25 07

By Nadia Zaifulizan

A few days ago, Microsoft announced its $1 billion investment for OpenAI.
If you are not yet in the loop, OpenAI is a non-profit artificial intelligence research company, founded by Elon Musk. It was established to advance digital intelligence in ways that are most likely beneficial for humanity as a whole. In this case, their focus is ensuring the creation and adoption of safe and beneficial Artificial General Intelligence, AGI.
Receiving funding and donations from multiple industry players including Sam Altman, Greg Brockman, Elon Musk, Amazon Web Services, Infosys and YC Research, OpenAI has pledged to research, code, publish, patent-share and deploy new technologies for the good of humanity.

About 4 months ago, OpenAI announced that it created a new unit, its “capped-profit” company, OpenAI LP. This was done as an effort to gather investments for better cloud computing capacity, maintaining its talent source, and building its AI supercomputers. Through OpenAI LP, investors and employees are able to receive capped returns / profits, and the rest goes directly to the initial non-profit OpenAI entity for its projects.

So what does Microsoft’s $1 billion investment mean?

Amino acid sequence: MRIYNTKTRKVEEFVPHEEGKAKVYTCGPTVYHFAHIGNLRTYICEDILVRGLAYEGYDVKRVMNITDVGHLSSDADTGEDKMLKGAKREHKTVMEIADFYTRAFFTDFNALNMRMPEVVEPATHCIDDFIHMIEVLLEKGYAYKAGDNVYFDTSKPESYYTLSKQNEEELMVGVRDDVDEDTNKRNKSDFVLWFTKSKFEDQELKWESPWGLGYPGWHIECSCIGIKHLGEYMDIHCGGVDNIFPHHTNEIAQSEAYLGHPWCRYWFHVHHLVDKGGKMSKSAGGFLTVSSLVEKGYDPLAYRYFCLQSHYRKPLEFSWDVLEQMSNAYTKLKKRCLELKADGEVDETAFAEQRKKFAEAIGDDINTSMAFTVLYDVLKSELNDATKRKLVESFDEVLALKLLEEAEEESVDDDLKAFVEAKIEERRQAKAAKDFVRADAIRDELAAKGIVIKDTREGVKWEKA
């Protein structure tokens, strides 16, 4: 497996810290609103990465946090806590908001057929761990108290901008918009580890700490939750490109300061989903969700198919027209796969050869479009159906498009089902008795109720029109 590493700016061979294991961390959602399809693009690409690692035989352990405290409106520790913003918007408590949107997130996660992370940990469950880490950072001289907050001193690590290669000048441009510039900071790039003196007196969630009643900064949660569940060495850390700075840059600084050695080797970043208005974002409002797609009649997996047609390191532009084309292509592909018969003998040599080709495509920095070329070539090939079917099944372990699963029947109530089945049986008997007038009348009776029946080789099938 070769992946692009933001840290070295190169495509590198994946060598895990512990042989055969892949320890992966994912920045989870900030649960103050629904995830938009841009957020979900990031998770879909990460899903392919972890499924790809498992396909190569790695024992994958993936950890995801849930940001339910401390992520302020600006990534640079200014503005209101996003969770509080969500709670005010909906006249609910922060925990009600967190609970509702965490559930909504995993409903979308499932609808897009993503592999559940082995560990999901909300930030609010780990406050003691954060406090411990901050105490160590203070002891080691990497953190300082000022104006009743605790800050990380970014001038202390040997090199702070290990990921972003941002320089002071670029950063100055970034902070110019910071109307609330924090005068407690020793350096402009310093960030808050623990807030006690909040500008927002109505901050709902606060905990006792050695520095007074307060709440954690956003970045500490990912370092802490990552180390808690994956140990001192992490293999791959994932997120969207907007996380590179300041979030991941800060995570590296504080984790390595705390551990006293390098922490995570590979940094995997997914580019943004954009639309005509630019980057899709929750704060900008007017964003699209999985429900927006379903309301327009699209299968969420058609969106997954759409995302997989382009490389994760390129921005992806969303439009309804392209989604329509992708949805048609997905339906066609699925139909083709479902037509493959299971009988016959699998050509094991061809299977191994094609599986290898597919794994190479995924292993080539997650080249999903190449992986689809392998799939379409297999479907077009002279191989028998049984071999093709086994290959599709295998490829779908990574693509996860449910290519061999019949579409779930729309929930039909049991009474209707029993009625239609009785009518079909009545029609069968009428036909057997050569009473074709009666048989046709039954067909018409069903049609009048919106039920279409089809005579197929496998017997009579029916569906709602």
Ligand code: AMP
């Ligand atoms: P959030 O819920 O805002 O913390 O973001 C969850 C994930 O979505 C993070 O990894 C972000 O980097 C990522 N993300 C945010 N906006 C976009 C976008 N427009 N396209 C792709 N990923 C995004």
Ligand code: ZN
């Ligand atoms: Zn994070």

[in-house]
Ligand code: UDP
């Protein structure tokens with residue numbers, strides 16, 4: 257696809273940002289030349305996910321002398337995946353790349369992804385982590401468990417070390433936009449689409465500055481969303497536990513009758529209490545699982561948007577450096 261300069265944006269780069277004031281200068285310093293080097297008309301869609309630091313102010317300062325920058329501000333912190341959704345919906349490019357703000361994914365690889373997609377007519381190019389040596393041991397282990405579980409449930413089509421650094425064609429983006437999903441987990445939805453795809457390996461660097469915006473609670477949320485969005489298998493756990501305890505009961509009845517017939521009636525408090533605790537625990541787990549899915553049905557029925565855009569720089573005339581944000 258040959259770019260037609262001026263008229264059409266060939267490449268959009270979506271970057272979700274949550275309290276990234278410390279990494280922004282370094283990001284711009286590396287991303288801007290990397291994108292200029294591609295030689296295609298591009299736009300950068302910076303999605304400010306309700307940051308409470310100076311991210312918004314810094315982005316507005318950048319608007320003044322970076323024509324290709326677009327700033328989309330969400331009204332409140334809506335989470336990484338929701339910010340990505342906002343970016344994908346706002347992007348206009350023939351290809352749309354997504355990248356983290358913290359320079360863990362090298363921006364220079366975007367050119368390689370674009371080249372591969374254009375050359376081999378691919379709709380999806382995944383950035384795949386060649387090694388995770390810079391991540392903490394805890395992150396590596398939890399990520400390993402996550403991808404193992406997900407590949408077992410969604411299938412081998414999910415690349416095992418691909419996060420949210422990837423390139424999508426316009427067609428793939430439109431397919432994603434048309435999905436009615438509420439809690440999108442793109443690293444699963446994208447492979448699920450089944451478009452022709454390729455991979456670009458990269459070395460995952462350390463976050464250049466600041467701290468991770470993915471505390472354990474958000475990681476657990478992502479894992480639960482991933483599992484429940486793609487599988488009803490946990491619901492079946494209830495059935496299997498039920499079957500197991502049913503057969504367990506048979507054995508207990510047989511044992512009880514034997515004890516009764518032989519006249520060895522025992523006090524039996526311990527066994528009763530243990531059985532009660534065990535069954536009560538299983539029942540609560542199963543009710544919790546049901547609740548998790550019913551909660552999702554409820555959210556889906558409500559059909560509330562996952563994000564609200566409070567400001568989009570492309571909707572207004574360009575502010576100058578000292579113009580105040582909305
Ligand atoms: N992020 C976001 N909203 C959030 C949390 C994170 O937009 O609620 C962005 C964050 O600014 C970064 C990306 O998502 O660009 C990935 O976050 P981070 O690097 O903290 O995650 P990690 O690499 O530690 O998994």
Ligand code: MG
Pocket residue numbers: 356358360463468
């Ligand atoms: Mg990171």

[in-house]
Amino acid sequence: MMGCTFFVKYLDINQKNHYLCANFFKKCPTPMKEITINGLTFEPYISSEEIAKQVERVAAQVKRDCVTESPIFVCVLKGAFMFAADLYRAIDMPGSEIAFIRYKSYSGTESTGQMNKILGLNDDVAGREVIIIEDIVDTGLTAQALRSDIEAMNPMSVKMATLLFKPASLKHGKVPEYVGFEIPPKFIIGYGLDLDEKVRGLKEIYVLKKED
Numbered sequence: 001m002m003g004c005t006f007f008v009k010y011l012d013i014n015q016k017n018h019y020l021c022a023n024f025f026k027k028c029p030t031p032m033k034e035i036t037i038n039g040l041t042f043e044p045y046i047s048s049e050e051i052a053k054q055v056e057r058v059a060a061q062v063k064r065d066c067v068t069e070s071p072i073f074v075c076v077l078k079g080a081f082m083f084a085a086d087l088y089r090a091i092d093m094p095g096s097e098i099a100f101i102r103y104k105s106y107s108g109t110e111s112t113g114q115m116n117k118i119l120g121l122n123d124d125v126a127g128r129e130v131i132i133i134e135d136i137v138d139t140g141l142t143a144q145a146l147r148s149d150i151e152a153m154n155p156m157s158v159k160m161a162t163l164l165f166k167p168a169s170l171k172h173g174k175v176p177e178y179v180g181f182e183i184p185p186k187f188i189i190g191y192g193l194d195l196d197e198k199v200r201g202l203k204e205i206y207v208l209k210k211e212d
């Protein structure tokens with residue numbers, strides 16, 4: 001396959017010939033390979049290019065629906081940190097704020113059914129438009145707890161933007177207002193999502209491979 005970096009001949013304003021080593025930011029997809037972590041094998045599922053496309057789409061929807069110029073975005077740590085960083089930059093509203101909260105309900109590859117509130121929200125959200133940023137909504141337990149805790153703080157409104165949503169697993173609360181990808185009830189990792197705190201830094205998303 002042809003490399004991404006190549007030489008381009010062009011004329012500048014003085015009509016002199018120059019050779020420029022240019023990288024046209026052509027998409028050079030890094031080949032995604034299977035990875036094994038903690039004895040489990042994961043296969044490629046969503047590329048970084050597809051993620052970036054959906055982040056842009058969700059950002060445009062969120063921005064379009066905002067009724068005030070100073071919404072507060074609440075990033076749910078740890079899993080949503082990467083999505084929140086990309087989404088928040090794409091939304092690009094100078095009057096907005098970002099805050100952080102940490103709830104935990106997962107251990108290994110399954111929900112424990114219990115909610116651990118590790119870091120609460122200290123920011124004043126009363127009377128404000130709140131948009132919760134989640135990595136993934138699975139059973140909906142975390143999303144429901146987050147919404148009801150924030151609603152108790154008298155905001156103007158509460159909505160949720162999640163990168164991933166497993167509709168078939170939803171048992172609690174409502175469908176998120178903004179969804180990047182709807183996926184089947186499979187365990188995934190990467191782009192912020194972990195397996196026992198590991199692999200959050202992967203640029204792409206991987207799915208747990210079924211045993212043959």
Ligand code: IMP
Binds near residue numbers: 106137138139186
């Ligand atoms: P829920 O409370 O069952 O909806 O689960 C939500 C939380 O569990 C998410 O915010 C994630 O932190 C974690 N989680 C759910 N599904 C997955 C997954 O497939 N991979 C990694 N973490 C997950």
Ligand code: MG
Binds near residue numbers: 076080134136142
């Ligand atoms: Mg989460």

Microsoft’s $1 billion investment will provide the capital and foundation needed by OpenAI to accelerate its beneficial AGI (Artificial General Intelligence) mission. OpenAI’s expertise and services will benefit Microsoft Azure’s capabilities in large-scale AI systems. This means, that Microsoft and OpenAI will build together the new Azure AI supercomputing technologies, port its services to run on Microsoft Azure, and use it to create new AI technologies.
This include building a massive-scale computational platform in Azure which will train and run advanced AI models while using Microsoft’s hardware, and create advancements of safe, secure, trustworthy AI implementation.

OpenAI’s mission is creating a beneficial AGI. It believes that working with Microsoft is needed in order to build the supercomputing foundation which will be used to build the said AGI.
But Microsoft owns the platform as well as the resulting large-scale AI system coming from this project. Therefore critics believe that Microsoft has the upper hand, whether it chooses to profit from the created technology (through sale, distribution, or licensing), or it takes a more virtuous open-source route for the technology created. Furthermore, the implications of a corporate entity having complete control over an advanced AI supercomputing technology produced by the best minds in AI, is rather daunting. Almost like an advanced case of monopoly.

Since the joint work is a multi-year deal, Microsoft’s funding will come gradually with time. But even if Microsoft forks out a billion dollars in the span of a decade for OpenAI’s expertise, OpenAI will eventually have to pay for the computing power it will require as its mission reaches the next level of progress. In the mean time, we can only wait with bated breath what the outcome will mean for the rest of us AI enthusiasts and users alike.

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